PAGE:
"You shall know the truth, and the truth shall make you odd." ~Flannery O'Connor

Sunday, February 10, 2013

Here I am: send me

It's too bad that the homily I heard this morning was boring even by the standard of that particular priest, who is a holy man all the same. But that's what's prompted me to write on the theme of today's Bible readings in the Ordinary Form of the Roman Rite.

The theme is God's commissioning unworthy men to preach his saving word. In our jaded, increasingly post-Christian culture, the need for that is ever more urgent. It can and should be met by Christians in general and the clergy in particular. In a Catholic context, we need to focus on the particular means by which laity and clergy respectively must do so.

It's been noted for decades that the ambient culture in the West is no longer Christian, or even all that friendly to Christianity. That problem is not yet as acute in the U.S. as in Western Europe or Canada, but we are headed down the same path. Thus committed Christians, including Catholics, can no longer count on the Faith's being transmitted by osmosis, or even on what theologians call "implicit faith." That is especially evident in the breakdown of the traditional family, which has developed almost as much among believers as unbelievers. The only kind of Christianity that will last will be intentional and missionary. It will be intentional because, when it is not, it will continue dissipating in face of the secular culture's momentum. It will be missionary because Christianity is inherently a missionary religion. When Christians do not act accordingly, their religion becomes a museum piece for the culturally conservative minority and an increasingly inconvenient bit of cultural baggage for everybody else. But even though Catholic laity and clergy must both be intentional and missionary, the ways in which each must be that differ from each other. And those ways can be understood by contrast with how things generally are in the Church.

The laity are supposed to be the Church in and for the world. In fact, about 99% of the Church just is the laity. But most either don't know that or, if they do, don't really get it. For them, as for the rest of the world, "the Church" is really an institution or organization consisting of the clergy and their co-workers, working out of expensive physical plants called "churches" and "chanceries" and sponsoring social services that, while important, could in principle be replaced by government. Incredibly, the notion that the Church is mostly just us, the Body of Christ bringing Christ home to ourselves, our families, friends, co-workers, and wider communities, is still largely foreign to most Catholic laity--even half-a-century after Vatican II, which stressed "the universal call to holiness" and the corresponding importance of the laity. Most still instinctively identify themselves as Americans, or professionals, or spouses or parents, or even as fans of their sports teams, before identifying as Catholics. Religion is just one more compartment of life, one more box to check, whose main purpose is to provide fire insurance for the next life--assuming, of course, that fire insurance is needed, which more and more Catholics seem to disbelieve.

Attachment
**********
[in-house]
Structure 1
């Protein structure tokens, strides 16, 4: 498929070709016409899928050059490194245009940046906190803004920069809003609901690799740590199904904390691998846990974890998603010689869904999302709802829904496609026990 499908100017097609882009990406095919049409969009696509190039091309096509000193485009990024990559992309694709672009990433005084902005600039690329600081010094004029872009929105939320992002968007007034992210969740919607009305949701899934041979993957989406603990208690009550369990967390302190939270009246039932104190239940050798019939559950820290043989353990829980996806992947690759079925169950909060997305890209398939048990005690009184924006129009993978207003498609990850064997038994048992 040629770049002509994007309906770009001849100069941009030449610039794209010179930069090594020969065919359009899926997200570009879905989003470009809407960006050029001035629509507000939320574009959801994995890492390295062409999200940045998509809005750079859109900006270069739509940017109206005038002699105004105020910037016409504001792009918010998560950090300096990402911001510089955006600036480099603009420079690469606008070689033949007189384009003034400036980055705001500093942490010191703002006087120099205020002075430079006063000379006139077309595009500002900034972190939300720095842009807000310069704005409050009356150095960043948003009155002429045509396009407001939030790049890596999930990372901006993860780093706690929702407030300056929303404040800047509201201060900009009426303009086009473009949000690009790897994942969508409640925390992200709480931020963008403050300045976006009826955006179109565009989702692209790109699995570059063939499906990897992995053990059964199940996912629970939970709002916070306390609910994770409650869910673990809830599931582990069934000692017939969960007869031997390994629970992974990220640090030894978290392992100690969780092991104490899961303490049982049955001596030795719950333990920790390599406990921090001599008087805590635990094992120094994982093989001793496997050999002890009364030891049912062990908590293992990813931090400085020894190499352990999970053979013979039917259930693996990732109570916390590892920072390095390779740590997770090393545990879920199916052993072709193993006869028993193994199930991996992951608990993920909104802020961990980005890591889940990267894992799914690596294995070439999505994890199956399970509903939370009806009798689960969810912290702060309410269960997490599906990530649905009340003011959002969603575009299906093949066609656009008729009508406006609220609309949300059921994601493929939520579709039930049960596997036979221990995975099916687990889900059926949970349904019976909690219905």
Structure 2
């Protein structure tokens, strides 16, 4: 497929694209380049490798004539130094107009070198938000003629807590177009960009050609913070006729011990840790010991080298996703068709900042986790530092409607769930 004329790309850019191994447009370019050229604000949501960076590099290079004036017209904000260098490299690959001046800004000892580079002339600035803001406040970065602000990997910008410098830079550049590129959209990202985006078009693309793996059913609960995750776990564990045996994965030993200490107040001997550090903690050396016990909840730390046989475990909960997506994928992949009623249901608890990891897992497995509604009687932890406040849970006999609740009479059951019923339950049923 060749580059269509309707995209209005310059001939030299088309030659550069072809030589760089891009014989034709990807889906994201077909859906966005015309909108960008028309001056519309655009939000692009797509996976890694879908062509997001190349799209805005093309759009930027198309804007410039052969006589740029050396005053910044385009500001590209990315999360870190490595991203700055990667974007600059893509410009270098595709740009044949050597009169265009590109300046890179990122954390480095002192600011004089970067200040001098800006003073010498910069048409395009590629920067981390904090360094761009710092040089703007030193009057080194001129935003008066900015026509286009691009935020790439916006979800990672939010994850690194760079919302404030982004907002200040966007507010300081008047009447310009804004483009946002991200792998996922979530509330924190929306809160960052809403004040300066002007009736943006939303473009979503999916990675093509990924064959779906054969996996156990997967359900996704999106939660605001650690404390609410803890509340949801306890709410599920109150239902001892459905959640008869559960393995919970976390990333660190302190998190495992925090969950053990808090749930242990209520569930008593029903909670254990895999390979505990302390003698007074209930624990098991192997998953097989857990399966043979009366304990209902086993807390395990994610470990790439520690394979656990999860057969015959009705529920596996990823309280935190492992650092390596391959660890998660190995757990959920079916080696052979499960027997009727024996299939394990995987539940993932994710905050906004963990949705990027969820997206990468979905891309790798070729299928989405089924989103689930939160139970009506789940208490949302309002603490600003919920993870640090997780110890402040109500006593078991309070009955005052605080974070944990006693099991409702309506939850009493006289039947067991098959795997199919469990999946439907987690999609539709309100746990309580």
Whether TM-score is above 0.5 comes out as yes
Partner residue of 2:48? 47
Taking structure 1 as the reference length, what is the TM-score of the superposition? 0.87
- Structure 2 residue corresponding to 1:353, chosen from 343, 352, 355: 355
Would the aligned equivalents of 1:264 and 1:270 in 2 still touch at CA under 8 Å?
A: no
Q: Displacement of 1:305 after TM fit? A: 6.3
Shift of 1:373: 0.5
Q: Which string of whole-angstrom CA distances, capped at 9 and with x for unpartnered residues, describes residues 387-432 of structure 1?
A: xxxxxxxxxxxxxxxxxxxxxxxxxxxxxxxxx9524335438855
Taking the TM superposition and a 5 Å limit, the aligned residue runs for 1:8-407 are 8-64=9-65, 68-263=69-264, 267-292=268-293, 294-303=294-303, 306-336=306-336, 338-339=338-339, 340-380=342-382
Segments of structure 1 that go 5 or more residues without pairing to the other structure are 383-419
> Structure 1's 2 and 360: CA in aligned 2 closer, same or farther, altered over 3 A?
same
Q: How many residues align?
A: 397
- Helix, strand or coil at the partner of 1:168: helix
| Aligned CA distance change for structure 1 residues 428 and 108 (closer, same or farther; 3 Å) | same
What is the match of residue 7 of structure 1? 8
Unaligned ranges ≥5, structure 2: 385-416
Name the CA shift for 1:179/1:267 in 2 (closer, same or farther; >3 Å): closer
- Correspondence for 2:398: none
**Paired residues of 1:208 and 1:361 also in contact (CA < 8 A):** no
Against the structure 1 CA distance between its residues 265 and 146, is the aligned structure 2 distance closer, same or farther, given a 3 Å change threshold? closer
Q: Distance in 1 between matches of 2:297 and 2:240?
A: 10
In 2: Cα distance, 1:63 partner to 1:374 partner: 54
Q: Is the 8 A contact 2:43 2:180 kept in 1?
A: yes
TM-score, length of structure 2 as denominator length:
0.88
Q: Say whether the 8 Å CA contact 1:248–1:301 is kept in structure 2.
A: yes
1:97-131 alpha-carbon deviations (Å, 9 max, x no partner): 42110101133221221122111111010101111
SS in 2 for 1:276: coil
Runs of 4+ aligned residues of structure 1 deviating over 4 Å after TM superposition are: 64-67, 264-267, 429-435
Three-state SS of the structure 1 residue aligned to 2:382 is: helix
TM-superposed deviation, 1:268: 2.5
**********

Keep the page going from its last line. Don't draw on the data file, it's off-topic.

Over the same period of time, the situation hasn't been all that much better among the clergy. Normally the problem is not such ignorance of the Faith as results from and reinforces garden-variety worldliness, but another kind of worldliness. In my fifty-odd years, I have observed thousands of Catholic clergy and religious in many different environments. Aside from a public commitment to celibacy (with some canonical exceptions), the most common feature I've observed among them is not theological orthodoxy or personal holiness, but how comfortable they are. They have no worries about employment: Jobs and people come to them, sometimes in profusion. None have the sort of worry about health care that many laity do: They can expect adequate care paid for by the self-insured churchly entities to which they belong for life. They have no families to struggle to care for; in the majority of cases, even their major personal expenses such as housing and cars are paid for by contributions, not salary. And despite the sex-abuse-and-coverup scandal, clergy and religious still command respect and a presumption of good will from those they are meant to serve.

None of those things are bad in themselves; arguably, they facilitate the mission of the professionally religious. But one thing they entail is that the penalties for indifference, incompetence, or malfeasance are usually far less severe for clergy and religious than for laity. If you're a priest or religious, you basically have to be a convicted criminal to lose your employment and health care, because what you have is really an unusual "vocation" rather than a job, and such a vocation can be lived out through many different jobs and relationships. The result is that much indifference, incompetence, and malfeasance go unpunished and sometimes even unnoticed. That has allowed priests and religious to become too comfortable. It promotes the sort of worldliness evinced by the many bishops who covered up sexual abuse, and protected the abusers, so that the boat would not be rocked and the Church's prestige would be maintained. We've seen how that's worked out. And don't even get me started on the failure of so many priests and religious to inspire laity to be Church, as opposed to paying, associate members of the organization. They have not failed because their preaching is bad; sometimes it's good. They have not failed because they don't work hard enough; many work hard indeed. They have failed simply because their comfort is more evident than their holiness. That disparity does not go unnoticed.